Funds to assist in covering the cost of the event were gratefully received from ConvaTec and Hollister, Thanks! The remainder came out of WOA's pocket.

The silent auction was a bit of fun and most people went home with something nice. There were many great gifts. Thanks to everyone who donated prizes. The money raised will nearly cover the WOA's cost for the party.

I had so much fun, I'm looking forward to the 30th Anniversary already. Let's keep the WOA strong and vibrant for the next 5 years so that we have an excuse to do this again in 2002.

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From the President's Desk

Elsewhere in this newsletter you will read of the passing of Maria Seigl, President of the U.O.A. Canada. The national office has received condolences from around the world, as we all have not only lost a great supporter of the cause of ostomates but a great friend. Helen Dubois, President of United Ostomy Association Inc. USA, writes "Maria was a good friend, not just to me, but to all who had ostomy surgery. This great lady will be missed by people around the world".

Maria long had a vision that U.O.A. Canada should be a completely independent organization, and as of June 15, 1997 U.O.A. Canada did just that. So where do we go from here?

Di Bracken, the new President writes; "Although it fell to Maria to carry out her vision (we know) that despite her passing, U.O.A. Canada will move forward. We, all of us, share Maria's vision and I pledge to you that I will do all I can, with your help, to make U.O.A. Canada into a strong viable, caring association for all who have or will have ostomy surgery."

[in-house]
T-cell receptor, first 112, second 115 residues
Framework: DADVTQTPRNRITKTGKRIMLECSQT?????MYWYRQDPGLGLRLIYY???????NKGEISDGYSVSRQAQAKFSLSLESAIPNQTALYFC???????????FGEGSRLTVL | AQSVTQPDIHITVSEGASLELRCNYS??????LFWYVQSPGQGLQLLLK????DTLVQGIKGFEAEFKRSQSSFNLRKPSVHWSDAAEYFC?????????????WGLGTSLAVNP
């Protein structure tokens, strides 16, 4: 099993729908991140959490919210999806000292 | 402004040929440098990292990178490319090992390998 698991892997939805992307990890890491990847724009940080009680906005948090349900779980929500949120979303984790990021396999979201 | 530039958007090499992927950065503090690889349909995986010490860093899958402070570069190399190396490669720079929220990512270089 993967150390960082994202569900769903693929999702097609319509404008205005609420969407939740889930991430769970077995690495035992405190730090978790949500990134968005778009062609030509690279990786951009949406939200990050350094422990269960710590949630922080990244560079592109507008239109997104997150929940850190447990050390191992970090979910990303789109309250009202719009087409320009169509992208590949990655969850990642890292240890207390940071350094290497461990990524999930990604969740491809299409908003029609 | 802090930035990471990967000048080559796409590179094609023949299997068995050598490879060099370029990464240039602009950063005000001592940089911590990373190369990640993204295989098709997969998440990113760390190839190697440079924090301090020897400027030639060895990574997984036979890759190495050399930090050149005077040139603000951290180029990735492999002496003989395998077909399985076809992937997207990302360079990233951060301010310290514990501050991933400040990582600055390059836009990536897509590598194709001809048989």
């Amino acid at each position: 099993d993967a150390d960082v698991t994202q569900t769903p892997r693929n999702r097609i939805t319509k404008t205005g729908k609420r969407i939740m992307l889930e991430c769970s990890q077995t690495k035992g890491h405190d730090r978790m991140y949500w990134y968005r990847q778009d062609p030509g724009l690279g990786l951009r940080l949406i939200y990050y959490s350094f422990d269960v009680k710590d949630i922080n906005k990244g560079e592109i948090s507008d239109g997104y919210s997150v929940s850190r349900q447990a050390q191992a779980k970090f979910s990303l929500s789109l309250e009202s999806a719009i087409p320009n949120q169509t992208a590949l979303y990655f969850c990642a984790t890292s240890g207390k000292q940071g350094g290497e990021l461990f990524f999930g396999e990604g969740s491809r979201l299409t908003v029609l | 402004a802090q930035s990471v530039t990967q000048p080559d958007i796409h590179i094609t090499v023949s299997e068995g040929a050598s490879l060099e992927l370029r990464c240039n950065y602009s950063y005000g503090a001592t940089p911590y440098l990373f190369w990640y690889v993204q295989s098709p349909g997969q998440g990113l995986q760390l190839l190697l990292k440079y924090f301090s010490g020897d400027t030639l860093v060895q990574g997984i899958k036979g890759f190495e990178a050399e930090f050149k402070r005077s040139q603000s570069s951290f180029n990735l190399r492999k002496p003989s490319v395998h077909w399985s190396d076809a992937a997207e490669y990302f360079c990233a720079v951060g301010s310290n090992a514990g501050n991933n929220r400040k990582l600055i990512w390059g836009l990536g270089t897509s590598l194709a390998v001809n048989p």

"Our moment has come. The door has opened and we have accepted our future and passed through. Together, let us proceed boldly, confidently, with determination and also with humility".

Locally, the Winnipeg Ostomy Association is now 25 years old. We observed the anniversary on December 7, 1997 with a delightful party where old friendships were renewed and new ones made. I had the opportunity to meet many people, longtime ostomates who I had not previously met. Desiree Ranger, our new Hollister products representative was kept busy displaying products, as was Bonnie Schmidt for ConvaTec. Now, as we begin a New Year, we look forward to new opportunities as we meet with members both old and new.